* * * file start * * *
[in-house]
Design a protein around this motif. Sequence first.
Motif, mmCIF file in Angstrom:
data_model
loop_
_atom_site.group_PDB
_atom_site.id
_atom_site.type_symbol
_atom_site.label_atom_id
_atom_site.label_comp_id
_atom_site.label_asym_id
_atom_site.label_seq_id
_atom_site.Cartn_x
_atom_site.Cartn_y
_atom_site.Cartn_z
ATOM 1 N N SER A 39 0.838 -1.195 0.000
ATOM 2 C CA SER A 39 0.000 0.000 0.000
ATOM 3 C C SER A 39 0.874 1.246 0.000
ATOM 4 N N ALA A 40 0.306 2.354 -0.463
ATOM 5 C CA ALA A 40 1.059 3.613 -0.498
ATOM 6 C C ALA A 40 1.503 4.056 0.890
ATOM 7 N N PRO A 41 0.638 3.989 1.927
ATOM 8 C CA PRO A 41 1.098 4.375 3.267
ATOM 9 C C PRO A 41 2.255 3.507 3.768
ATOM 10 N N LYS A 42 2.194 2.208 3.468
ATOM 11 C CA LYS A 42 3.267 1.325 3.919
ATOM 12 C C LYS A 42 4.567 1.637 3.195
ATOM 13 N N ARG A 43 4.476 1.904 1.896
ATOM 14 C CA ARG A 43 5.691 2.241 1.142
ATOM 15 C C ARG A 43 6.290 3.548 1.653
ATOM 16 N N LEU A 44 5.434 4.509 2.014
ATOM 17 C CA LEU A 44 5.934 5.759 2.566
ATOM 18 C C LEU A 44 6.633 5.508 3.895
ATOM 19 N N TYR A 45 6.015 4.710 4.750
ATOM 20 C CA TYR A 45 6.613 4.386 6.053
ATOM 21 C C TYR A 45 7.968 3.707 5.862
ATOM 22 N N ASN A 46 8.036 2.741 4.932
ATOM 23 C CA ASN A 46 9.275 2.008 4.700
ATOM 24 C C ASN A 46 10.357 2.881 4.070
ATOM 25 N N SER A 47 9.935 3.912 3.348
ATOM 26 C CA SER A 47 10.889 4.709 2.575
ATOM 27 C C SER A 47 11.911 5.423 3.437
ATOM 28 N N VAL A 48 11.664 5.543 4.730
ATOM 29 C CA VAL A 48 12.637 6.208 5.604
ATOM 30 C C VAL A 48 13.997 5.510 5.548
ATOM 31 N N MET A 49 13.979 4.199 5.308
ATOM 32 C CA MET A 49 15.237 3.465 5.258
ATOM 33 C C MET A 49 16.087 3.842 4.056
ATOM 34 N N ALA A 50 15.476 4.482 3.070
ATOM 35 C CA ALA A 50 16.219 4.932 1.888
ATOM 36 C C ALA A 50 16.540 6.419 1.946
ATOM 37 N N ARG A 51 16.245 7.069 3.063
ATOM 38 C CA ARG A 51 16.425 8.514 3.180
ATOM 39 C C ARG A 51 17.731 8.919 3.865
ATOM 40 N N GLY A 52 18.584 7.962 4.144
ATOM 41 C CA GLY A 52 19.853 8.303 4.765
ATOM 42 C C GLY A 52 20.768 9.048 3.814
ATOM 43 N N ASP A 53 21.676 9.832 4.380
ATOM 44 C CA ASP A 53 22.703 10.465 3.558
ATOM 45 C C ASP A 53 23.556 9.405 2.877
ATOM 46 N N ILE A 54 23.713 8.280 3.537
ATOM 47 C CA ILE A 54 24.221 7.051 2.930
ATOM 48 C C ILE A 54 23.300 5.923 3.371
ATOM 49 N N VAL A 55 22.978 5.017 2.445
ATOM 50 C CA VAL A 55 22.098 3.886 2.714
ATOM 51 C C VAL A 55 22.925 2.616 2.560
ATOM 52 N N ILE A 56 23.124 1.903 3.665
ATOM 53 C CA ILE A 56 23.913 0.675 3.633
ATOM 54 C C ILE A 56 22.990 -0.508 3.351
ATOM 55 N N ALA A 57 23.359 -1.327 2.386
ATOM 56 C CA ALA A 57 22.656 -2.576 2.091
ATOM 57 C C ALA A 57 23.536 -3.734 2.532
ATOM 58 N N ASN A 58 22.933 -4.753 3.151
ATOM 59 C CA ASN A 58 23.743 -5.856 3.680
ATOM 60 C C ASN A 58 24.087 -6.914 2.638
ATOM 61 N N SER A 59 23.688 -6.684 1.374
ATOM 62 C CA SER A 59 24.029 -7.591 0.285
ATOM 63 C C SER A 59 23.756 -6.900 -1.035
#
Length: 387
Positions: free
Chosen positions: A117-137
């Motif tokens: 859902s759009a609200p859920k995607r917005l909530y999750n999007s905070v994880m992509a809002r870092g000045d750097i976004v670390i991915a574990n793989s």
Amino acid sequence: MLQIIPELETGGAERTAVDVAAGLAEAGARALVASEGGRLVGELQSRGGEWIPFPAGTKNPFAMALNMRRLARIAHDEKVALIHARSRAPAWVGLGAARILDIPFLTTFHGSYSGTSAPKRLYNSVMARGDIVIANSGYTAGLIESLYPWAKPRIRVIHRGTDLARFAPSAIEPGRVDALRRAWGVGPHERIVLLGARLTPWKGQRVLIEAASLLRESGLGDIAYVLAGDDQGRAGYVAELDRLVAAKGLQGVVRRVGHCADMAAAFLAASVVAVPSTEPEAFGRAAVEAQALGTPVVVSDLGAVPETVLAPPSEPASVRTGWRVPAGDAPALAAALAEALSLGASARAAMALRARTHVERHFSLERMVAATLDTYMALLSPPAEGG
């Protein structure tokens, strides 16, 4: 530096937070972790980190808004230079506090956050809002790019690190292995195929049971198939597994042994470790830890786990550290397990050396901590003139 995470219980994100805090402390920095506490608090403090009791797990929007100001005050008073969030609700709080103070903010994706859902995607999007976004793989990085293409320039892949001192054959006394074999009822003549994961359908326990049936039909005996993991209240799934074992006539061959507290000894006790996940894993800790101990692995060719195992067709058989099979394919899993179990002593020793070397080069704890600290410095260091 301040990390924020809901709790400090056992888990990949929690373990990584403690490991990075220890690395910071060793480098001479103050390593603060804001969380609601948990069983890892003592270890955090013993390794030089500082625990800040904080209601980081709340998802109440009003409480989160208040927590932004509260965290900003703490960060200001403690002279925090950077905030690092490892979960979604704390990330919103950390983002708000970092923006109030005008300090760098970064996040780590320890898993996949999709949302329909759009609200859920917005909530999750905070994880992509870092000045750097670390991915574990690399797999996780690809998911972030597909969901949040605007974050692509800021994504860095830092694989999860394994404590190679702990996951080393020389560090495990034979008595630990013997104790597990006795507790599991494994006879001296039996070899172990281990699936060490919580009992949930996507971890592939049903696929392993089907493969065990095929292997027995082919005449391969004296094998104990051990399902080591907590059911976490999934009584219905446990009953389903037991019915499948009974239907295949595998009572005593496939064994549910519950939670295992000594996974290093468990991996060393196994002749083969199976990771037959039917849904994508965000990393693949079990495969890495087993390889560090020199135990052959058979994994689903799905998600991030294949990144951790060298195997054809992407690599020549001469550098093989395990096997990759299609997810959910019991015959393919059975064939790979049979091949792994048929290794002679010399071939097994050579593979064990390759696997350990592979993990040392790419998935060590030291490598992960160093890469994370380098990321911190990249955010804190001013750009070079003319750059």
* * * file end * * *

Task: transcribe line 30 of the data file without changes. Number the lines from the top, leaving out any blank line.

ATOM 15 C C ARG A 43 6.290 3.548 1.653